Quick Response (QR) Codes are everywhere we go. They are on adverts, in newspapers, on the backs of books and appearing on television screens. They make use of a technology which has been in existence for some time, but that until now has been more common in supermarkets than out on the street.
The barcode is a versatile and compact means of storing a great deal of information in a relatively small space. Information which can then be called up from a database and used when it is needed. Although barcodes are still in wide use for this, the advent of mobile devices which are able to use their inbuilt cameras as barcode scanners has led to an increase in the use of QR codes as a means of delivering content to end users through their internet connection.
A large number of devices are sold with the barcode scanning capacity already enabled, but where this is not the case there are several free apps that serve this purpose across all of the major operating systems.
The origin of QR codes lies in the Japanese motoring industry and have since become very popular in industries which transport large quantities of products across all sorts of distances. QR codes appear both on personal mail sent via courier and business supplies. The information stored in the miniscule black dots, enables courier to know exactly where each package is headed and means that they can provide their customers with real-time updates about the location of their delivery.
QR codes have also proven to be a big hit with advertisers. It has meant that they have been able to make their adverts interactive and deliver content directly into the hands of consumers. There are two main types of QR currently in commercial use; those which direct users to a website or specific set of web pages and those which link to a download for a particular app. Both of these are content-centric and are focused on encouraging the customer to interact with a campaign.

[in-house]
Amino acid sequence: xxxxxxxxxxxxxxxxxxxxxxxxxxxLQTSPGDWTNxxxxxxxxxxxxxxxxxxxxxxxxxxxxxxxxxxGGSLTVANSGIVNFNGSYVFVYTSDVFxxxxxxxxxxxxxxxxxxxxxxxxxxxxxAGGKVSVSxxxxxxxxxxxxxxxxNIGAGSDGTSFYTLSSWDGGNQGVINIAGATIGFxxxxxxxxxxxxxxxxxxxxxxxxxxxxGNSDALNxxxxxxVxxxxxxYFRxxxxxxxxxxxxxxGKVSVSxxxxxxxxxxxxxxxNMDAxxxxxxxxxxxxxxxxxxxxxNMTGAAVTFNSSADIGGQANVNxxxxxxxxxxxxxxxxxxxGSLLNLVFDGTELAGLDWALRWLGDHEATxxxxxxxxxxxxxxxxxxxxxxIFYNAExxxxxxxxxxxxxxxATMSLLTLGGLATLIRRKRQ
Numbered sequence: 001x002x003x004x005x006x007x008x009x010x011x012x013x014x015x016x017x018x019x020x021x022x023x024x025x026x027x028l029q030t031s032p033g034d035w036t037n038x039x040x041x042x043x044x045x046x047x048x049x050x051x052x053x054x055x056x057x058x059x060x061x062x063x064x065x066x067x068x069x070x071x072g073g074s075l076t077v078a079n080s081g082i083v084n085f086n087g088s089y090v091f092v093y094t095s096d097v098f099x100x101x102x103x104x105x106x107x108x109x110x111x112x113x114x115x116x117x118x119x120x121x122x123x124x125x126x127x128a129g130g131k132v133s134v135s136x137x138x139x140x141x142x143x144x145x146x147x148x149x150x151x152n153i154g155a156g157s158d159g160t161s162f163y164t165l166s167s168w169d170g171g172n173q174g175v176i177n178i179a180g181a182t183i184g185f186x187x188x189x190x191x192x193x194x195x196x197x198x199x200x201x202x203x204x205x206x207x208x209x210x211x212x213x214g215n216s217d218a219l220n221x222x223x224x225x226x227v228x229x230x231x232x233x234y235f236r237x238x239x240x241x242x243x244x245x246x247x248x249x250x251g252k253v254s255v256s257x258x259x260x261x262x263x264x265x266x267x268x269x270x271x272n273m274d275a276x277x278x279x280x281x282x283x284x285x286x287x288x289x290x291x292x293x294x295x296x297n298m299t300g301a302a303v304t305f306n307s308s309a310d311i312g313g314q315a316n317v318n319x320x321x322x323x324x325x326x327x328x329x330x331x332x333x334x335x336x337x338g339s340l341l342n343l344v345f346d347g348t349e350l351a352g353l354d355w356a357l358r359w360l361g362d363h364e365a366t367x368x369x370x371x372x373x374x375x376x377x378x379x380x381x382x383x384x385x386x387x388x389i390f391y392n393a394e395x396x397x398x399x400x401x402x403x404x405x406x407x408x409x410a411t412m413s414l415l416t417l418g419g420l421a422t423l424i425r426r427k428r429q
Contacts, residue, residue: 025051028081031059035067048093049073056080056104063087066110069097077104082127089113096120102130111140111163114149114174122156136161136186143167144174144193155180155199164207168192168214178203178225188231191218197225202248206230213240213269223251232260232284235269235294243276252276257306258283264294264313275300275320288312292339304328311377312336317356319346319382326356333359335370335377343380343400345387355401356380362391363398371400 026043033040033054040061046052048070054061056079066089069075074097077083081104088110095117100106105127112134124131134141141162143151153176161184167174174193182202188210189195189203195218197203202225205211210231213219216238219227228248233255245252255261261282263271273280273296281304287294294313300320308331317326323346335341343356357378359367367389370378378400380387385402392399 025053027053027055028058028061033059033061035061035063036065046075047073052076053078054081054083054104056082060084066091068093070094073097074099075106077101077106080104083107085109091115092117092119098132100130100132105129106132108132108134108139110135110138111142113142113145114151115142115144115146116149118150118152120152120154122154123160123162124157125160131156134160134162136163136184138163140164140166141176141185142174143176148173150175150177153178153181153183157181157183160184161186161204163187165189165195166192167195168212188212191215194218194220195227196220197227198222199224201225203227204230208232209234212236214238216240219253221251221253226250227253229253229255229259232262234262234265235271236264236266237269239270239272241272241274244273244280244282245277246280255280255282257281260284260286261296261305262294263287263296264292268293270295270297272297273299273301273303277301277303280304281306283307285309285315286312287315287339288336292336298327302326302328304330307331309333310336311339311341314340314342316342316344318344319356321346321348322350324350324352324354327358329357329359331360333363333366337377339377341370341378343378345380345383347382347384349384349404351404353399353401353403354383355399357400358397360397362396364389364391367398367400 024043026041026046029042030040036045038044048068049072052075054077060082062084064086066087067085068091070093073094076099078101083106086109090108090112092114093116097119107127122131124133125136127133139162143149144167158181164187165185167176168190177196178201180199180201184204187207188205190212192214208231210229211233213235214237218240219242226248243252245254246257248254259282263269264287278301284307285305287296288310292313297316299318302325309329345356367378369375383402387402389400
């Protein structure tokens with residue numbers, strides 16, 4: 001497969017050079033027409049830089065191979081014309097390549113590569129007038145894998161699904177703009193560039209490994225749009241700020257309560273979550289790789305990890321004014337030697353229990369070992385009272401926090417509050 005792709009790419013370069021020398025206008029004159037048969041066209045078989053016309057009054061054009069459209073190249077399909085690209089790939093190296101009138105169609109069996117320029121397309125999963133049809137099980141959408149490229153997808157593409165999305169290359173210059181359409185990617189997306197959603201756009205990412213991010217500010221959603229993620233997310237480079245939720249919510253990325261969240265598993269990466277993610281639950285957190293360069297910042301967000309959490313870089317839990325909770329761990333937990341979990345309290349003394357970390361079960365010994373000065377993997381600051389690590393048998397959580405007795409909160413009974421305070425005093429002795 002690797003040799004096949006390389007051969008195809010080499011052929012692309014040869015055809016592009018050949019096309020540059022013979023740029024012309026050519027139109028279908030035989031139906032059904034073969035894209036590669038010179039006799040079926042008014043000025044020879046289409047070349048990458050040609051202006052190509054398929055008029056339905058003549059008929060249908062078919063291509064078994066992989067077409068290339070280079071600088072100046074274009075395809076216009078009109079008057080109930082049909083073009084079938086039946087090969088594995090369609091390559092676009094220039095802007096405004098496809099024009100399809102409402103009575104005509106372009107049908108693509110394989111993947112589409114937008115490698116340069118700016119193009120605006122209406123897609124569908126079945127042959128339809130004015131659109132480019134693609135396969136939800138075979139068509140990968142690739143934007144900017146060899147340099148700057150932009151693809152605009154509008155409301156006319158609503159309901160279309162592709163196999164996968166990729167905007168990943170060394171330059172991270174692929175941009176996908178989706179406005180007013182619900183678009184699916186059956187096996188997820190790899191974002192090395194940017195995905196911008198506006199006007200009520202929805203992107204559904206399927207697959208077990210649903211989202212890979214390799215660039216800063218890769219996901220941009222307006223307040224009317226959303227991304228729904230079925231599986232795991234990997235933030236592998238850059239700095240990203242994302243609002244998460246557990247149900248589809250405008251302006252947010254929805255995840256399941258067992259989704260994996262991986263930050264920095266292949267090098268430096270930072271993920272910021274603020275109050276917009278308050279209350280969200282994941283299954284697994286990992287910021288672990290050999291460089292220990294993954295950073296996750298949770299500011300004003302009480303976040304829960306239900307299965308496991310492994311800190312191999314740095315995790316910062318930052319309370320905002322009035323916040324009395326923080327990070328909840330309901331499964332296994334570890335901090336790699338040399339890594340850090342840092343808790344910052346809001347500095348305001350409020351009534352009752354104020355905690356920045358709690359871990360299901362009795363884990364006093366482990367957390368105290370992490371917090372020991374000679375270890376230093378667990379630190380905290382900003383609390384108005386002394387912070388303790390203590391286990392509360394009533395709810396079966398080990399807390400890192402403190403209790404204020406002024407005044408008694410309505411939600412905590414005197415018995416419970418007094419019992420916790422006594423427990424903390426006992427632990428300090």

The popularity of QR codes with consumers comes from their convenience and ease of use, rather than having to type out a web address or perform and online search they are able to follow a direct link straight to where they want to go. In this way QR codes on advertising billboards are like printed hyperlinks! Taking consumers exactly where they, and the advertiser want them, to go.
An emerging use of QR codes is in conducting mobile to mobile payments. Where the first user has a secure application linked to their payment information; the merchant system generates a QR Code and presents it to the customer. The customer then scans the QR Code and the payment is made using their mobile device and PayPal wallet. No cash has changed hands and the payer has not needed to disclose any information to the payee other than a simple code!
Have you used QR codes at all? How have you used them? We’d love to hear!
codeMan by Labs64/grinia is licensed under a Creative Commons Attribution-NonCommercial-NoDerivatives 4.0 International License.
Image Credits: Labs64